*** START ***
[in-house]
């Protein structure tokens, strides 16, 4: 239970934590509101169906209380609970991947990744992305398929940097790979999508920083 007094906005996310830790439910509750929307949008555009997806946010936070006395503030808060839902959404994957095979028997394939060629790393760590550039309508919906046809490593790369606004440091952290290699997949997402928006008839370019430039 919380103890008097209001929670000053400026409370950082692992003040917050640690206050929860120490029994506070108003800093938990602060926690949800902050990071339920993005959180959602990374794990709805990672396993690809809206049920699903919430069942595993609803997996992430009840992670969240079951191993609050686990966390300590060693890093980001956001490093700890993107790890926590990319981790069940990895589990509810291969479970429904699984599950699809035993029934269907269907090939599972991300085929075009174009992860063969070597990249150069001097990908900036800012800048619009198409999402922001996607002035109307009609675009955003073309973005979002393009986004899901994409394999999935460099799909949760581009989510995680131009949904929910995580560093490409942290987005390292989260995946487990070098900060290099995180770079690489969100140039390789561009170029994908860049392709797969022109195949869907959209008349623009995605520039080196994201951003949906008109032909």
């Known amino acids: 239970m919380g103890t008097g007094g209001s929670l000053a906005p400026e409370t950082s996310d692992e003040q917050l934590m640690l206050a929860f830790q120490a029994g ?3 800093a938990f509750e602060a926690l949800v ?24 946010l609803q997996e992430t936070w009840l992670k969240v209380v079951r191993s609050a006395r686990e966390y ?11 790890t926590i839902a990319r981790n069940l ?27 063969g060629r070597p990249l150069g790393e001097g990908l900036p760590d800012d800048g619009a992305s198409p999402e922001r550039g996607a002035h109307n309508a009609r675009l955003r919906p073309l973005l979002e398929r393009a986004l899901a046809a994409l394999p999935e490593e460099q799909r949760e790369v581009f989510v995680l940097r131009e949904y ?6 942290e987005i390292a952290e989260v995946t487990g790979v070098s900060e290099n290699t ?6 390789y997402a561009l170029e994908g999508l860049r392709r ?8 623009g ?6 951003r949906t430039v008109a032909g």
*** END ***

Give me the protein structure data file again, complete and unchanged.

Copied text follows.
[in-house]
């Protein structure tokens, strides 16, 4: 239970934590509101169906209380609970991947990744992305398929940097790979999508920083 007094906005996310830790439910509750929307949008555009997806946010936070006395503030808060839902959404994957095979028997394939060629790393760590550039309508919906046809490593790369606004440091952290290699997949997402928006008839370019430039 919380103890008097209001929670000053400026409370950082692992003040917050640690206050929860120490029994506070108003800093938990602060926690949800902050990071339920993005959180959602990374794990709805990672396993690809809206049920699903919430069942595993609803997996992430009840992670969240079951191993609050686990966390300590060693890093980001956001490093700890993107790890926590990319981790069940990895589990509810291969479970429904699984599950699809035993029934269907269907090939599972991300085929075009174009992860063969070597990249150069001097990908900036800012800048619009198409999402922001996607002035109307009609675009955003073309973005979002393009986004899901994409394999999935460099799909949760581009989510995680131009949904929910995580560093490409942290987005390292989260995946487990070098900060290099995180770079690489969100140039390789561009170029994908860049392709797969022109195949869907959209008349623009995605520039080196994201951003949906008109032909």
């Known amino acids: 239970m919380g103890t008097g007094g209001s929670l000053a906005p400026e409370t950082s996310d692992e003040q917050l934590m640690l206050a929860f830790q120490a029994g ?3 800093a938990f509750e602060a926690l949800v ?24 946010l609803q997996e992430t936070w009840l992670k969240v209380v079951r191993s609050a006395r686990e966390y ?11 790890t926590i839902a990319r981790n069940l ?27 063969g060629r070597p990249l150069g790393e001097g990908l900036p760590d800012d800048g619009a992305s198409p999402e922001r550039g996607a002035h109307n309508a009609r675009l955003r919906p073309l973005l979002e398929r393009a986004l899901a046809a994409l394999p999935e490593e460099q799909r949760e790369v581009f989510v995680l940097r131009e949904y ?6 942290e987005i390292a952290e989260v995946t487990g790979v070098s900060e290099n290699t ?6 390789y997402a561009l170029e994908g999508l860049r392709r ?8 623009g ?6 951003r949906t430039v008109a032909g």